Thursday, July 18, 2013

In short: Le Moine (1972)

aka The Monk

Ambrosio (Franco Nero) is the superstar preacher of his local abbey, full of fiery hatred against the things of the Flesh (even marriage is too icky a concept for him), and a fitting self-righteous attitude.

Things go well for Ambrosio until he learns that a young novice who clearly had him thinking unvirginal thoughts already is in fact Mathilde (Nathalie Delon), a woman; a woman, at that, who has smuggled herself into the order just to be with him. Realizing this and getting seduced into fornication are as obvious as my talent for similes. Once Ambrosio has started on the sinning, he's on a downwards path of sins from lies through more fornication through the lusting after teenage girls through murder. Mathilde is enabling Ambrosio's fall wherever she can, for she has been sent by the devil himself to tempt the monk, and really seems to have fun doing her job.

Things may or may not become difficult for the increasingly insane Ambrosio once the inquisition comes to town.

Adonis Kyrou's adaptation of Matthew Gregory Lewis's classic Gothic novel The Monk is a rather dispiriting case of a film taking a much too timid approach to its material to be successful; and that despite a script co-written by Luis Bunuel among whose failures timidity isn't usually counted.

The problem is that The Monk is a novel whose feverish and sensationalist tone cries out for an equally feverish and sensationalist movie. Kyrou, however, seems to think it an appropriate way to treat paedophilia, cannibalism, debauchery, black magic and murder with the sort of distance that doesn't love anything more than to stop short before showing or saying anything directly that might offend someone, where it would be rather more useful to try and offend everyone. Even the usual criticism of organized religion and particularly Catholicism in this sort of thing is reluctant and just not very convincing, as if the film were directed by someone too soft to ever step outside the boundaries of good taste. Which is of course the death knell for a film that should by all rights do nothing but step outside of these boundaries, and then throw faeces at them.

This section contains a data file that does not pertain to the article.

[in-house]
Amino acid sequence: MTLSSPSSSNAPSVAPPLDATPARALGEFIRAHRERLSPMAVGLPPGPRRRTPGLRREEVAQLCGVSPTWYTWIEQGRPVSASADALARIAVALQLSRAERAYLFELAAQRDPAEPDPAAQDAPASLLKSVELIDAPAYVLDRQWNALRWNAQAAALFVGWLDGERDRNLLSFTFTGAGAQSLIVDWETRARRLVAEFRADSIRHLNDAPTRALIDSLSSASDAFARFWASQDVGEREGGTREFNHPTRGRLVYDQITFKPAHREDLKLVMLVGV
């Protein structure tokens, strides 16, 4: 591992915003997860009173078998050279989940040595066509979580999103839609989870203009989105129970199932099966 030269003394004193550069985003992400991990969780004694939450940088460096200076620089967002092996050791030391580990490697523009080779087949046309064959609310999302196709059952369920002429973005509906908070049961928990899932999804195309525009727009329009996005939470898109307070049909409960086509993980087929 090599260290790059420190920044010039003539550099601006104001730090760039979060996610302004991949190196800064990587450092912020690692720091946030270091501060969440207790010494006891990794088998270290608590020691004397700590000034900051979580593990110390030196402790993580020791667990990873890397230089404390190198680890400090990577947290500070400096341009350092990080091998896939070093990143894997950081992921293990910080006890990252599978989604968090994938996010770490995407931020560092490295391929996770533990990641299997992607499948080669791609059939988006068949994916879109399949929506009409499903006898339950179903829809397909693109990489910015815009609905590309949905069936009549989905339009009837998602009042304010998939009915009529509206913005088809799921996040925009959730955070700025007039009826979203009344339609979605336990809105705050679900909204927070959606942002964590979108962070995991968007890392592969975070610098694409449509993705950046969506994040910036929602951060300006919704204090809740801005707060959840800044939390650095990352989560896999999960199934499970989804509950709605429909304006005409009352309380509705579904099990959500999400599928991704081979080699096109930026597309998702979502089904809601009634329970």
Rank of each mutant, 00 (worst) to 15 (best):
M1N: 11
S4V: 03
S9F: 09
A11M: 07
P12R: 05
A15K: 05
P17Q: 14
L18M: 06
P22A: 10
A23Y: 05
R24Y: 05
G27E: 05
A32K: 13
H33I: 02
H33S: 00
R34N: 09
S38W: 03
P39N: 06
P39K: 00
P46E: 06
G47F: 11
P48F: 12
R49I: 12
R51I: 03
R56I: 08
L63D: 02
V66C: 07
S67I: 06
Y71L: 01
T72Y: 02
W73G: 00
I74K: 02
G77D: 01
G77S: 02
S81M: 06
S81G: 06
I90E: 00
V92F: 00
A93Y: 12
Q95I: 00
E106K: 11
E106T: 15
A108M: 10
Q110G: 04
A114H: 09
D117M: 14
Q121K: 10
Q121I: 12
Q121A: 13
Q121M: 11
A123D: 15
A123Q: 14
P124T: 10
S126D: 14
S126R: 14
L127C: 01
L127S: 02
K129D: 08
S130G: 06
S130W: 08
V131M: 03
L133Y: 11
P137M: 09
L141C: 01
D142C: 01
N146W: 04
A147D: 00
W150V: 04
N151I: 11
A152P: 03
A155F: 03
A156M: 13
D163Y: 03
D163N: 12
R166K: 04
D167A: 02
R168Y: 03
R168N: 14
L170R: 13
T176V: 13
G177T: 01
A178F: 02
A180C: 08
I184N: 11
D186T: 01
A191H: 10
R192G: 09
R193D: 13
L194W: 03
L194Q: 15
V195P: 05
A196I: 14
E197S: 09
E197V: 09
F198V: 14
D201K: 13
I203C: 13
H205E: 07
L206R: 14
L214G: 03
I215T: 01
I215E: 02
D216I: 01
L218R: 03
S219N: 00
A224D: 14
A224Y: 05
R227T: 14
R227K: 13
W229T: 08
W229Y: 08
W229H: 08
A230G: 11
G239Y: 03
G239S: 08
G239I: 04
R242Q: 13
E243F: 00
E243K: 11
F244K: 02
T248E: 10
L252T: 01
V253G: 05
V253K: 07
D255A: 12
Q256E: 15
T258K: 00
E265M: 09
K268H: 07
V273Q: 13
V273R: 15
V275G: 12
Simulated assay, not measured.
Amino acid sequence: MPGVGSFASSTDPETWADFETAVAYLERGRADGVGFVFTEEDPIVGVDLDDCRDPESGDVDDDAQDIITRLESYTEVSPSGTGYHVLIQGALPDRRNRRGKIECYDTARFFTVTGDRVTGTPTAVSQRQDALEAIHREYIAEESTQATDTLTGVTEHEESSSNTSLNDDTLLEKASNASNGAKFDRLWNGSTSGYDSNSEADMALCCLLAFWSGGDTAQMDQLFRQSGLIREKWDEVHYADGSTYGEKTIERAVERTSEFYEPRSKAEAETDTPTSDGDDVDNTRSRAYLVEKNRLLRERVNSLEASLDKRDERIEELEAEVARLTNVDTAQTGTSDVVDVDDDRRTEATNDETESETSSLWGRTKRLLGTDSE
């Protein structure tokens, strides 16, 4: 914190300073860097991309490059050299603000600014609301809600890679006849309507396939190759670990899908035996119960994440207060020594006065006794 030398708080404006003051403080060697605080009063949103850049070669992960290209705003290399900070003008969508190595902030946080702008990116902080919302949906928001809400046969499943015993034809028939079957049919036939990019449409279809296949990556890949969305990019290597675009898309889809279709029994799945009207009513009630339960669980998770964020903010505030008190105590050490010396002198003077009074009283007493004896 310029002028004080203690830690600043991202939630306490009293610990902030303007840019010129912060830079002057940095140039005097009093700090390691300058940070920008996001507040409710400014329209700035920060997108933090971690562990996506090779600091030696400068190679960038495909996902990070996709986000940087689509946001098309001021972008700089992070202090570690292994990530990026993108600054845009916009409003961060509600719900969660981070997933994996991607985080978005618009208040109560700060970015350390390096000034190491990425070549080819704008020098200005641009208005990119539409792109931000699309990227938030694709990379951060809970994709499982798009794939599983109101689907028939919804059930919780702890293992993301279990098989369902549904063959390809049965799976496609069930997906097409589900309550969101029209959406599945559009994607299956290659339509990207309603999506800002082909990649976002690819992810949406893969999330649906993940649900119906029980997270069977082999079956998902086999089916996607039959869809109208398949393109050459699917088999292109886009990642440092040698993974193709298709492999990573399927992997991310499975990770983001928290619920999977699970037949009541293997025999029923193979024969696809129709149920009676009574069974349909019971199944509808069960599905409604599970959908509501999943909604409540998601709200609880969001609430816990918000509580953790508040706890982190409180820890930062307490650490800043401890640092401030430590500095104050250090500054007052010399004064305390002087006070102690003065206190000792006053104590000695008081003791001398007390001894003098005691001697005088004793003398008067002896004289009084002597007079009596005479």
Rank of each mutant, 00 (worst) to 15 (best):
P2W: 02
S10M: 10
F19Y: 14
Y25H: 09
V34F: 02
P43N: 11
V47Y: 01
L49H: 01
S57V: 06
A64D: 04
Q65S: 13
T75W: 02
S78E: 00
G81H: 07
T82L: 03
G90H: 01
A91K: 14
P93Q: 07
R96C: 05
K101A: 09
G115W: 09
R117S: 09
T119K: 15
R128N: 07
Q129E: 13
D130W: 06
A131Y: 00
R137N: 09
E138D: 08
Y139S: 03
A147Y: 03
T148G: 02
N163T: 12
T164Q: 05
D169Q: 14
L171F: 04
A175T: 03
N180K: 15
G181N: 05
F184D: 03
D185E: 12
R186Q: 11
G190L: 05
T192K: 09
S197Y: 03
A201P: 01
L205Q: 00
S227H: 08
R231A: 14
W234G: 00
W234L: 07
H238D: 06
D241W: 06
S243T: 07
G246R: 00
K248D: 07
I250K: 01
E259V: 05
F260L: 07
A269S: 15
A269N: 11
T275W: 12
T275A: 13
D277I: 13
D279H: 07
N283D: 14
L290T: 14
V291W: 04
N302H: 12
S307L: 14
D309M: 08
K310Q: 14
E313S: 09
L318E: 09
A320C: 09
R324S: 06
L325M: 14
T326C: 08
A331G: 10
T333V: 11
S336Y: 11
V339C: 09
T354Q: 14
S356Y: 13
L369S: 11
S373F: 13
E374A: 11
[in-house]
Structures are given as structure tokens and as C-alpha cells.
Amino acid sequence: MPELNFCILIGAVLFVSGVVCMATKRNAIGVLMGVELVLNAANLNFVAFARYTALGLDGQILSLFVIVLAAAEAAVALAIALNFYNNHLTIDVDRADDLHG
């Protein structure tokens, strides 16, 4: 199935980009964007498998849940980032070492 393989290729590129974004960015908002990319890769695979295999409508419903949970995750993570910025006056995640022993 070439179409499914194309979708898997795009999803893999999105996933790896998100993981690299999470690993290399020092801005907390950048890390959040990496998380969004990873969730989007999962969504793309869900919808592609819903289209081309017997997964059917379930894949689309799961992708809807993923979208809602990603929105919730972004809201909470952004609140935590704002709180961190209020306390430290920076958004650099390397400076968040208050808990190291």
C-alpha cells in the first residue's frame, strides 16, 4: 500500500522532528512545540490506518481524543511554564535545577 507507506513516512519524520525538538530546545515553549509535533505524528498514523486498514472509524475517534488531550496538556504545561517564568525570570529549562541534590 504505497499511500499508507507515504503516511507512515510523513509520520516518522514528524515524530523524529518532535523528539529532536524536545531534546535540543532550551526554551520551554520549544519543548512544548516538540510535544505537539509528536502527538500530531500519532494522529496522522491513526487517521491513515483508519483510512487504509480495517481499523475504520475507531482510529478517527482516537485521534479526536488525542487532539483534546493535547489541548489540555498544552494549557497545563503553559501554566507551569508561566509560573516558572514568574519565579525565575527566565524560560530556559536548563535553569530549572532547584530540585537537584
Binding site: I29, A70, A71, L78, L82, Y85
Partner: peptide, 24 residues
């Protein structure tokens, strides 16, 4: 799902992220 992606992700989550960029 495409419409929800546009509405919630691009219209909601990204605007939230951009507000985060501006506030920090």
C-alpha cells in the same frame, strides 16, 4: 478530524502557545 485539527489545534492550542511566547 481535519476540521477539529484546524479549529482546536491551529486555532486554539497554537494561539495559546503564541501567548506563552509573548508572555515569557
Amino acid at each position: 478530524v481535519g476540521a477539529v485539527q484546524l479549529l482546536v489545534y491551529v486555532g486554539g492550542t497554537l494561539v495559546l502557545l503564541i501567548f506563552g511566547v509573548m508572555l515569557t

Visually, Kyrou isn't too interesting a director either. There's a certain blandness in his direction that doesn't even milk a (most probably Bunuel-derived) set-up like Nicol Williamson's paedophilic mock-Christian child procession for anything of what it's worth.

In other words, what The Monk needs are the slimy and fearless hands of an exploitation director. Consequently a lot of nunsploitation movies not based on The Monk are much closer to the spirit of the  original work than this nominal adaptation. They are also not nice, and not tepid, and surely not as polite as Kyrou's film is, never provoking the question this version of The Monk raises: what's the point?

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